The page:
This is phenomenally small. So small in fact, your human imagination cannot envisage it, because the scale difference is unknown to you - nothing in the world that you experience has that kind of size contrasts. In comparison, the diameter of our sun is roughly 1.4 million kilometers, and the distance from the sun to the edge of our solar system is less than 14 thousand times that. In fact, the distance from one end of our galaxy rather than just the solar system is only 675.752.029.000 times as big as the diameter of the sun. To get a feeling for the size difference between a proton and (possibly) discretised space, you would need to get something that is at least another million times as large. Let's for the sake of argument assume that the current estimate for the size of the entire universe is accurate at 156 billion lightyears. That would be roughly 1.475.842 quintillion kilometers... The scale difference between a proton and discrete spacetime is roughly comparable to the scale between the entire universe and just our solar system.

That's, realistically speaking, a scale difference that can drive a person insane trying to envision it.

But then, we're thinking scientifically and zeroes don't phase us one bit. If discretised spacetime is true, then this gives us a "lower bound" on what the minimum velocity is: it cannot be less than 1 discrete space unit per ... per what? if spacetime is discrete then it basically means that not just space, but spacetime is discrete, so our upper limit is actually "one spacetime unit", which already carries in it both possible distance, and possible length of time. Hurray! But what are they?

And that, we just don't know. But that's okay, because the question doesn't need to actually know what it is, though it is fun to think about it - the question was "is there a minimum velocity, below which there is no velocity".

In case spacetime is continuous, the answer seems to be "yes, there is, but it's hard to say how the value should be expressed": the minimal velocity will be whatever the minimal energy packet transmittable by the smallest particles in the universe is, when translated into particlewave motion (which is pretty small, but definite). However, expressing this in for instance miles per hour or meters per seconds will be too suggestive, because even the tiny scale "nanometer" will probably already be too big to represent the velocity involved. In short the velocity unit would be too suggestive in secretly claiming that with this velocity a particlewave could traverse a nanometer, or a meter, or a mile, or a parsec, or any other distance we picked as unit measure. Units are tricky that way.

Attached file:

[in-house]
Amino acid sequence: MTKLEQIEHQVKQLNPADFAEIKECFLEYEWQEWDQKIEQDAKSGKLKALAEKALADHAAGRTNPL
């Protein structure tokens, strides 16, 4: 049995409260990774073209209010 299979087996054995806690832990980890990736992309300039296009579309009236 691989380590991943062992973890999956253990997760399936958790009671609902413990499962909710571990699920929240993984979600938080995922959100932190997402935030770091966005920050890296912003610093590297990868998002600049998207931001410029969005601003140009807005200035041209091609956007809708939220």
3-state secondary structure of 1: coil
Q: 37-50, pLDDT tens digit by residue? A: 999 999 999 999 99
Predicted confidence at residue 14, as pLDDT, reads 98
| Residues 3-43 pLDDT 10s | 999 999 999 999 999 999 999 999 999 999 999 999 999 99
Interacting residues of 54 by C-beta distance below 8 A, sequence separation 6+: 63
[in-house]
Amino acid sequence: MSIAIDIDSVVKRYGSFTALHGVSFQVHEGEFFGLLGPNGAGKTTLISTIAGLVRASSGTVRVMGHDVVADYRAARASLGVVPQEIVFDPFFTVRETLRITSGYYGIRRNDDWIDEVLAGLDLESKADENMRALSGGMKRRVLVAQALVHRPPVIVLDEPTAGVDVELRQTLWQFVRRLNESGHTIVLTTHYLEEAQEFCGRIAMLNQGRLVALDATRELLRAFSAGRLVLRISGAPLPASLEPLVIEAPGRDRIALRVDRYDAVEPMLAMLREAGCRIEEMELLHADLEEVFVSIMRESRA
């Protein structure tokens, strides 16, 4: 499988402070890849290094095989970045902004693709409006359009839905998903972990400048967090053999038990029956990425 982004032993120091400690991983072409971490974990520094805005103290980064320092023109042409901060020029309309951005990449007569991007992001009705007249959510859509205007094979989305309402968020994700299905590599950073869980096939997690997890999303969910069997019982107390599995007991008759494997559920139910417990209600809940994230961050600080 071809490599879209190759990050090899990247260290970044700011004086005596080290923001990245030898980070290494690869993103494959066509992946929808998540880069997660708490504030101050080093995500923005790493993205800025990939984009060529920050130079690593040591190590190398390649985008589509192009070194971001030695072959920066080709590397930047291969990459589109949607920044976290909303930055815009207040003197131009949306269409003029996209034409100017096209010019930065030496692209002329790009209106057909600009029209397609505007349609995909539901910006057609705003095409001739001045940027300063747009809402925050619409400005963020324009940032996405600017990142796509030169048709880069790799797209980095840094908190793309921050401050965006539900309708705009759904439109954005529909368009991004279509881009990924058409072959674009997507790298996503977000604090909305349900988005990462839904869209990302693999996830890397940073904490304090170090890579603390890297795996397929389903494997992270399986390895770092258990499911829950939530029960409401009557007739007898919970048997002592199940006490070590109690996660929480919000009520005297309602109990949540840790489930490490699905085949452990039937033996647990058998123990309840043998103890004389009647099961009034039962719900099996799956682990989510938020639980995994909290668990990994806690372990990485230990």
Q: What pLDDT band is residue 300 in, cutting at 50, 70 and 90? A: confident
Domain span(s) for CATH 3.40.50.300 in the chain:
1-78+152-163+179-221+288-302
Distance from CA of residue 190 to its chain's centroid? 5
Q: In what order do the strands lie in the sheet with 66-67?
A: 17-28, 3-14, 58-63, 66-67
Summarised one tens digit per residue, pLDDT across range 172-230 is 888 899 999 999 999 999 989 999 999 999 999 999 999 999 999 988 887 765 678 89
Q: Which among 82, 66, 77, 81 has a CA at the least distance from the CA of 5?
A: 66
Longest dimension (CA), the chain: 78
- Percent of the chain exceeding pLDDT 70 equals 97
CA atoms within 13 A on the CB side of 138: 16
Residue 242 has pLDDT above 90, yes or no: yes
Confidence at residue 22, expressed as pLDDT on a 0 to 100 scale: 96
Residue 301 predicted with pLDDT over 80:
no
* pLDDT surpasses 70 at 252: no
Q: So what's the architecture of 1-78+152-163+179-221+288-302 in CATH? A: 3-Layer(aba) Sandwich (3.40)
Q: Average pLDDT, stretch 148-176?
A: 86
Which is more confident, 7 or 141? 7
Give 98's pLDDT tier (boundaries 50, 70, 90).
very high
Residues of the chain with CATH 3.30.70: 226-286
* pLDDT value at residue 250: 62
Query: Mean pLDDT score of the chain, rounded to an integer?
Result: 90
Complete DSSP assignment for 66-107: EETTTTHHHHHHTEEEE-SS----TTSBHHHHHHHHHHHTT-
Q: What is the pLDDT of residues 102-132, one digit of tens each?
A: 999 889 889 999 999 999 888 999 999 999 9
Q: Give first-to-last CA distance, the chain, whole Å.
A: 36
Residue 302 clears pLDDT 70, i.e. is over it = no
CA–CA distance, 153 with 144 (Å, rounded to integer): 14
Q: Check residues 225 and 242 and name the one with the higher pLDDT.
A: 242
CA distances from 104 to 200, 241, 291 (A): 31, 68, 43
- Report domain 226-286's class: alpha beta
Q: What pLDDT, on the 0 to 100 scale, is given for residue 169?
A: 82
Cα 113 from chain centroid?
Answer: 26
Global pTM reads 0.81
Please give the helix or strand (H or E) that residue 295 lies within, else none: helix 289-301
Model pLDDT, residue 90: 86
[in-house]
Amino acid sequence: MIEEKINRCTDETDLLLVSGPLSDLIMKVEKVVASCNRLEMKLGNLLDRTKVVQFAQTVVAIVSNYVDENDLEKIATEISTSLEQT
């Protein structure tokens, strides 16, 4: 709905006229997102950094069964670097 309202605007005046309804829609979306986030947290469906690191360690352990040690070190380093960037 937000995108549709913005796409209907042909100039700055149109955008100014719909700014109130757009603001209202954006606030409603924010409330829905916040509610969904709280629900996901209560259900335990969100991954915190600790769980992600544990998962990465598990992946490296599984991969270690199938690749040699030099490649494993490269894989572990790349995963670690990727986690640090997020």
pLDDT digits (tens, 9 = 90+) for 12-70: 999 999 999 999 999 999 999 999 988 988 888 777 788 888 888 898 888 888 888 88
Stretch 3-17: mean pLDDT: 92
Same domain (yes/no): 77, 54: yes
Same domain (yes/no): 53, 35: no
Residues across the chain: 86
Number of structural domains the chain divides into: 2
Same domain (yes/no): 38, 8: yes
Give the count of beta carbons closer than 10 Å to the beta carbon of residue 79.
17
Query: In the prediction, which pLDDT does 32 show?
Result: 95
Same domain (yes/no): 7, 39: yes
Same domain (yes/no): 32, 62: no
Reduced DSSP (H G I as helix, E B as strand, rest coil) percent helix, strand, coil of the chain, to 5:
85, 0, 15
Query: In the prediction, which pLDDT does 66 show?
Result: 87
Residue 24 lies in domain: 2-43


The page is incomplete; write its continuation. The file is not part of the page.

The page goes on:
In case spacetime is discrete, the answer seems to be that "yes, there is a minimal velocity because of the fact that there is a discrete minimal energy value, it lies between 1 space unit per time unit, and a number of space units that can be covered by the aforementioned minimal energy per time unit... and we will know how to write this in normal numbers once we discover what the heck these units are". Except the very fact that we ourselves are embedded in spacetime will probably make it impossible to directly measure what the discretisation factor of spacetime is. Clever physical (in the sense of physics) math might help us, but it'll be daunting nontheless.

So there we have it: "Is there a minimum velocity?" - "yes"

Another burning question answered thanks to a bit of thinking and the progress of science.

*) I recommend that in addition to reading this book, because it is quite good, you read "The Selfish Gene" by Dawkins, particularly before or after reading works by Stephen J. Gould on the subject of evolutionary "law" (yes, every evolutionary biologist knows it's no more law than a macro-physics law, which is to say a descriptive one), so that you may notice that both extremes these men advocate(d) for evolutionary biology are right, but operate on different levels of abstraction. Once you become accustomed to the multiple perspective interpretation of the world, inherently caused by our own abstraction of it, it becomes blatantly obvious that many contrapositions are simply void because their arguments pivot around different levels.